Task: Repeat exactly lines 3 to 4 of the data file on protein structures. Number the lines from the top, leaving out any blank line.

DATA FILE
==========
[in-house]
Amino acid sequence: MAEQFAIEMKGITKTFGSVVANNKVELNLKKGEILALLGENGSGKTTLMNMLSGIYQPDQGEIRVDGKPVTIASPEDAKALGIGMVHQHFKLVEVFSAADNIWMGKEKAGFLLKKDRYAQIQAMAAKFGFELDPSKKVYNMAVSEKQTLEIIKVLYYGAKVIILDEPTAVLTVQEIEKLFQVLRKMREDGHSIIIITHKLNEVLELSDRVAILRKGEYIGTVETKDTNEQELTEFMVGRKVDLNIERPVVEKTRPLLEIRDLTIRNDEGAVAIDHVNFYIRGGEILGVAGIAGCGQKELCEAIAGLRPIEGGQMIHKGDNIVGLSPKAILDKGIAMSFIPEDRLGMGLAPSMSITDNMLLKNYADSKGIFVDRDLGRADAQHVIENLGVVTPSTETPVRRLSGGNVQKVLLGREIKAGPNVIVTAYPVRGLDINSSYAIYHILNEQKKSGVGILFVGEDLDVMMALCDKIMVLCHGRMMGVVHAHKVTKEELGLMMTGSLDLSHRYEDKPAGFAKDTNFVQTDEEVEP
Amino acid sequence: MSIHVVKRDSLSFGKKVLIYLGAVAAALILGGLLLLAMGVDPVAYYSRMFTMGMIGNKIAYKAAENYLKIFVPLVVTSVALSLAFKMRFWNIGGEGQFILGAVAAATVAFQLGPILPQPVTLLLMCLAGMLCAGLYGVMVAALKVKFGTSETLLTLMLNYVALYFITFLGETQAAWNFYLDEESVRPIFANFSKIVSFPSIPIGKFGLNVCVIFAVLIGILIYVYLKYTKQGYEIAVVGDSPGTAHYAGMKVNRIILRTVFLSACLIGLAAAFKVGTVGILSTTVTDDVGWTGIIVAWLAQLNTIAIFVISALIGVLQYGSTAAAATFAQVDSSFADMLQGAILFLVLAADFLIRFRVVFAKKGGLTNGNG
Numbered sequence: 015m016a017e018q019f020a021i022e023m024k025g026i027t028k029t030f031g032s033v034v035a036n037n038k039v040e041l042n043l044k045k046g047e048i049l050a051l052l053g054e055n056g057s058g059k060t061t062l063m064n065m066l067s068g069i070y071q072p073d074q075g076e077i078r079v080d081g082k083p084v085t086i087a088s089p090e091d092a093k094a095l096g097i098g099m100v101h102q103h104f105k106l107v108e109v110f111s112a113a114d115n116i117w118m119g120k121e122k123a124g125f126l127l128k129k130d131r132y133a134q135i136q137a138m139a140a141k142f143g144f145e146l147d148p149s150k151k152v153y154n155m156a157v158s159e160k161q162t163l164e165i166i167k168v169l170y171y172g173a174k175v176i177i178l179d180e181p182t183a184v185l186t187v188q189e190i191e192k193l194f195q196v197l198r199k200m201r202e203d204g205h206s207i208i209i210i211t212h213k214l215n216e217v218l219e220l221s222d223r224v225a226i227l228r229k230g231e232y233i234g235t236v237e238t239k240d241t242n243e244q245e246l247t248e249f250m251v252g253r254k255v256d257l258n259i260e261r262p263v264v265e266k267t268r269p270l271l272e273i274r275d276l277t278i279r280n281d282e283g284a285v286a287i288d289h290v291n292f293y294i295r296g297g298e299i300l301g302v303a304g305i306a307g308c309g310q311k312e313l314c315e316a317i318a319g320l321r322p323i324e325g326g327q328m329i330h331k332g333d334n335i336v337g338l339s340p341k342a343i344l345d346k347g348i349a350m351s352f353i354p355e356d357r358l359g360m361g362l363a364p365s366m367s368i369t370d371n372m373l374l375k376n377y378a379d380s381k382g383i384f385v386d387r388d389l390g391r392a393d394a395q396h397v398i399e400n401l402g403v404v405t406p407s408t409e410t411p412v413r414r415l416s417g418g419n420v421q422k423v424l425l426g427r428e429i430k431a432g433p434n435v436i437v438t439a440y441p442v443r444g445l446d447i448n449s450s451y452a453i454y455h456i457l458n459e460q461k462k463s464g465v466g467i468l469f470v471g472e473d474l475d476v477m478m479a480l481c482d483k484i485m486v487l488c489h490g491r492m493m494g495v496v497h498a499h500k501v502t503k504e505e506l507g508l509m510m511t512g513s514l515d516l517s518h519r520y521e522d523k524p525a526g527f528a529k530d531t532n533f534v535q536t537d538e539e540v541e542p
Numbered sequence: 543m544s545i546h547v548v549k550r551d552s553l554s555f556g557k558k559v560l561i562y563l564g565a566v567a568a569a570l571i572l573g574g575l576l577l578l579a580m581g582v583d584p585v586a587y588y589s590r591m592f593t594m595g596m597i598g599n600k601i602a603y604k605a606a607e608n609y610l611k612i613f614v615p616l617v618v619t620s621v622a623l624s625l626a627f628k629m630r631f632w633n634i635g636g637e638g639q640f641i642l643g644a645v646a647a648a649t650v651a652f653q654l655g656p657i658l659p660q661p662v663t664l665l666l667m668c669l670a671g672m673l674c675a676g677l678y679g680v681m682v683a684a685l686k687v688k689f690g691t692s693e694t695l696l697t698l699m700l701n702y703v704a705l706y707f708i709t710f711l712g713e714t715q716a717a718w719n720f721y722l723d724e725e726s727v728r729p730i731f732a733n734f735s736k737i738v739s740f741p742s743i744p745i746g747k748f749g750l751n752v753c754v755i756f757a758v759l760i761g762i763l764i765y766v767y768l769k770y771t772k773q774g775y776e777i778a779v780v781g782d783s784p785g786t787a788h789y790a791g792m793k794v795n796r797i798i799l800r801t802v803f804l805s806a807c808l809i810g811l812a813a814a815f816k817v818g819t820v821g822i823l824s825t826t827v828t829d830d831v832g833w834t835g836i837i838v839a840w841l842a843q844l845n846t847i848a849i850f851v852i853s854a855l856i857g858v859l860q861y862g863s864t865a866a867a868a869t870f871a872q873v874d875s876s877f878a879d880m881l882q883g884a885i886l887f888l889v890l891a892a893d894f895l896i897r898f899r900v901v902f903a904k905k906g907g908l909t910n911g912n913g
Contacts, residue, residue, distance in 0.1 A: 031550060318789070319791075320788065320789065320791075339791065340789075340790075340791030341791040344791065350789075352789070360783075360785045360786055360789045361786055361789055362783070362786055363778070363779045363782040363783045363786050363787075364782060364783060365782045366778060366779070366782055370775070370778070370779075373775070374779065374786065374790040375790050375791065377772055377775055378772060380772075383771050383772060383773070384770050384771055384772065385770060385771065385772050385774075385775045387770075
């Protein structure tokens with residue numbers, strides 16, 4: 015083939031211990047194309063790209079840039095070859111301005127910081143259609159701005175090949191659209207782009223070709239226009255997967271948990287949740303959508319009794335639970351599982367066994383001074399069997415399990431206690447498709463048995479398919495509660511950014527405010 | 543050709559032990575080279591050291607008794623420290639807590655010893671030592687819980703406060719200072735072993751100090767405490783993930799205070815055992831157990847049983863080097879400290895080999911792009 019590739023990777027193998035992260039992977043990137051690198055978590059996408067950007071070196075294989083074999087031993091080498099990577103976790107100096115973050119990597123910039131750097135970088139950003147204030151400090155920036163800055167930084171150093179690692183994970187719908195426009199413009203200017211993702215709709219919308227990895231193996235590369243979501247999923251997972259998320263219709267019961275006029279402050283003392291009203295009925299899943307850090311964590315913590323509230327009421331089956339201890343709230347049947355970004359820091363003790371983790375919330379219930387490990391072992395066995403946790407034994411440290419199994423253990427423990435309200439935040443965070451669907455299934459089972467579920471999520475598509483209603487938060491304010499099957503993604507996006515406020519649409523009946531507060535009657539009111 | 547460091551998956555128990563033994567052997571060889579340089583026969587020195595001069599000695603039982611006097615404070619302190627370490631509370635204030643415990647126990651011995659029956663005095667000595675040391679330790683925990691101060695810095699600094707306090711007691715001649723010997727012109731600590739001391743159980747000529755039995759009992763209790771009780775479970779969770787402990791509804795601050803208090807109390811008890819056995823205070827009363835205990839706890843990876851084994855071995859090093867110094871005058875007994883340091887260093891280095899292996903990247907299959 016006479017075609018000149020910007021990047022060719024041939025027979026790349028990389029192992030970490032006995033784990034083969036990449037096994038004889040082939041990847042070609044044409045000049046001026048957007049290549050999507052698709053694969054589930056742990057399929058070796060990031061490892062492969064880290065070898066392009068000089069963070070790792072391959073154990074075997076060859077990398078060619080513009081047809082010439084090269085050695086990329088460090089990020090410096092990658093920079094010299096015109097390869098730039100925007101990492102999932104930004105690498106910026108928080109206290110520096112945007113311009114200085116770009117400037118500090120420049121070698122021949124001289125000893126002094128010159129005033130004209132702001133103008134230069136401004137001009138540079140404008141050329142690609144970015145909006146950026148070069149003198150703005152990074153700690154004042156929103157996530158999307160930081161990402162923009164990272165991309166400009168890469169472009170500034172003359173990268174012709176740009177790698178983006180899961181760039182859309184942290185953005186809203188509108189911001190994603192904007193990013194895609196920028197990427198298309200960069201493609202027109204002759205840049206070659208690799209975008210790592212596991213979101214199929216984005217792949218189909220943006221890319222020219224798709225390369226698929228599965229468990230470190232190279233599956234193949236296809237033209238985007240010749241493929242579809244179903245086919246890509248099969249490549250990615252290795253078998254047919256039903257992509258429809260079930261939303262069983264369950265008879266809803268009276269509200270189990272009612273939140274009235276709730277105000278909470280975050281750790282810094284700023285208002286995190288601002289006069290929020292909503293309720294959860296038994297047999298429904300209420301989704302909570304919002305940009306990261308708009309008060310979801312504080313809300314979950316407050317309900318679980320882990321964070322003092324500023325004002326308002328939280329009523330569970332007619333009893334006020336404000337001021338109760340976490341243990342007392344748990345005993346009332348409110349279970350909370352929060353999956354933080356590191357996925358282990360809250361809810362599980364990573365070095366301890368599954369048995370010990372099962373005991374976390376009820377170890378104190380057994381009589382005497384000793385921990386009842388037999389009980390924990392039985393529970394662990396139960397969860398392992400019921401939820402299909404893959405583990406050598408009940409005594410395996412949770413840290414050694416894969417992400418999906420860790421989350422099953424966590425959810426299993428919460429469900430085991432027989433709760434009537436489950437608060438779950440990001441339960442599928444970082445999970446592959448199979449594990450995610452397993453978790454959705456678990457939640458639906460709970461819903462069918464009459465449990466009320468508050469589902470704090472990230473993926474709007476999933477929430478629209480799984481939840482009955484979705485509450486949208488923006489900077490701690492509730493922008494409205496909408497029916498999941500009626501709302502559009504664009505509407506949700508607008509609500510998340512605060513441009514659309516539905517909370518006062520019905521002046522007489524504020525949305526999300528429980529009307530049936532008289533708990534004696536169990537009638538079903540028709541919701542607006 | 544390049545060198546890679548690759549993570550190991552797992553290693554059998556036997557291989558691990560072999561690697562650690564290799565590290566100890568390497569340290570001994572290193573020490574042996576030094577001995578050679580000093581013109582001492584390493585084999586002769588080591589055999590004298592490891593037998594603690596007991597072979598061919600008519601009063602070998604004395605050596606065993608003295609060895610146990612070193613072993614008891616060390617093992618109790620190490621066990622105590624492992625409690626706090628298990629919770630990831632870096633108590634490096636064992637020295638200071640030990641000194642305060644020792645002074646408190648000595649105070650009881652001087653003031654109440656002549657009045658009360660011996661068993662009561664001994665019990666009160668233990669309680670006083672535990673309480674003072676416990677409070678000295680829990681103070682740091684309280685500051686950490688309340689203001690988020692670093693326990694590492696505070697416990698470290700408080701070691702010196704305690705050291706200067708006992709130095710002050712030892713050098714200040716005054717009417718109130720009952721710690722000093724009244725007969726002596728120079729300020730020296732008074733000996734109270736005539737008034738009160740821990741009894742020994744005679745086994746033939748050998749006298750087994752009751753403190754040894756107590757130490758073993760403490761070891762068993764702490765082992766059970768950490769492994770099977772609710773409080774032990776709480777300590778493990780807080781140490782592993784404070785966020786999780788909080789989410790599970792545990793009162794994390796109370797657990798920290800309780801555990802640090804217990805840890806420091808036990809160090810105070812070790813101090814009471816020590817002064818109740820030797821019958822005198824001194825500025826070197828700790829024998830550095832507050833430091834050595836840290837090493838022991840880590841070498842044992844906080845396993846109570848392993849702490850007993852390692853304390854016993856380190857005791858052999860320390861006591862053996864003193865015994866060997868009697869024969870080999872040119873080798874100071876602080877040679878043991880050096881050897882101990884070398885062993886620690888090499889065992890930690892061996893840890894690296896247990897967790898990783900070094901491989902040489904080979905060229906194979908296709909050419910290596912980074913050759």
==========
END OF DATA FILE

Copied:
Amino acid sequence: MSIHVVKRDSLSFGKKVLIYLGAVAAALILGGLLLLAMGVDPVAYYSRMFTMGMIGNKIAYKAAENYLKIFVPLVVTSVALSLAFKMRFWNIGGEGQFILGAVAAATVAFQLGPILPQPVTLLLMCLAGMLCAGLYGVMVAALKVKFGTSETLLTLMLNYVALYFITFLGETQAAWNFYLDEESVRPIFANFSKIVSFPSIPIGKFGLNVCVIFAVLIGILIYVYLKYTKQGYEIAVVGDSPGTAHYAGMKVNRIILRTVFLSACLIGLAAAFKVGTVGILSTTVTDDVGWTGIIVAWLAQLNTIAIFVISALIGVLQYGSTAAAATFAQVDSSFADMLQGAILFLVLAADFLIRFRVVFAKKGGLTNGNG
Numbered sequence: 015m016a017e018q019f020a021i022e023m024k025g026i027t028k029t030f031g032s033v034v035a036n037n038k039v040e041l042n043l044k045k046g047e048i049l050a051l052l053g054e055n056g057s058g059k060t061t062l063m064n065m066l067s068g069i070y071q072p073d074q075g076e077i078r079v080d081g082k083p084v085t086i087a088s089p090e091d092a093k094a095l096g097i098g099m100v101h102q103h104f105k106l107v108e109v110f111s112a113a114d115n116i117w118m119g120k121e122k123a124g125f126l127l128k129k130d131r132y133a134q135i136q137a138m139a140a141k142f143g144f145e146l147d148p149s150k151k152v153y154n155m156a157v158s159e160k161q162t163l164e165i166i167k168v169l170y171y172g173a174k175v176i177i178l179d180e181p182t183a184v185l186t187v188q189e190i191e192k193l194f195q196v197l198r199k200m201r202e203d204g205h206s207i208i209i210i211t212h213k214l215n216e217v218l219e220l221s222d223r224v225a226i227l228r229k230g231e232y233i234g235t236v237e238t239k240d241t242n243e244q245e246l247t248e249f250m251v252g253r254k255v256d257l258n259i260e261r262p263v264v265e266k267t268r269p270l271l272e273i274r275d276l277t278i279r280n281d282e283g284a285v286a287i288d289h290v291n292f293y294i295r296g297g298e299i300l301g302v303a304g305i306a307g308c309g310q311k312e313l314c315e316a317i318a319g320l321r322p323i324e325g326g327q328m329i330h331k332g333d334n335i336v337g338l339s340p341k342a343i344l345d346k347g348i349a350m351s352f353i354p355e356d357r358l359g360m361g362l363a364p365s366m367s368i369t370d371n372m373l374l375k376n377y378a379d380s381k382g383i384f385v386d387r388d389l390g391r392a393d394a395q396h397v398i399e400n401l402g403v404v405t406p407s408t409e410t411p412v413r414r415l416s417g418g419n420v421q422k423v424l425l426g427r428e429i430k431a432g433p434n435v436i437v438t439a440y441p442v443r444g445l446d447i448n449s450s451y452a453i454y455h456i457l458n459e460q461k462k463s464g465v466g467i468l469f470v471g472e473d474l475d476v477m478m479a480l481c482d483k484i485m486v487l488c489h490g491r492m493m494g495v496v497h498a499h500k501v502t503k504e505e506l507g508l509m510m511t512g513s514l515d516l517s518h519r520y521e522d523k524p525a526g527f528a529k530d531t532n533f534v535q536t537d538e539e540v541e542p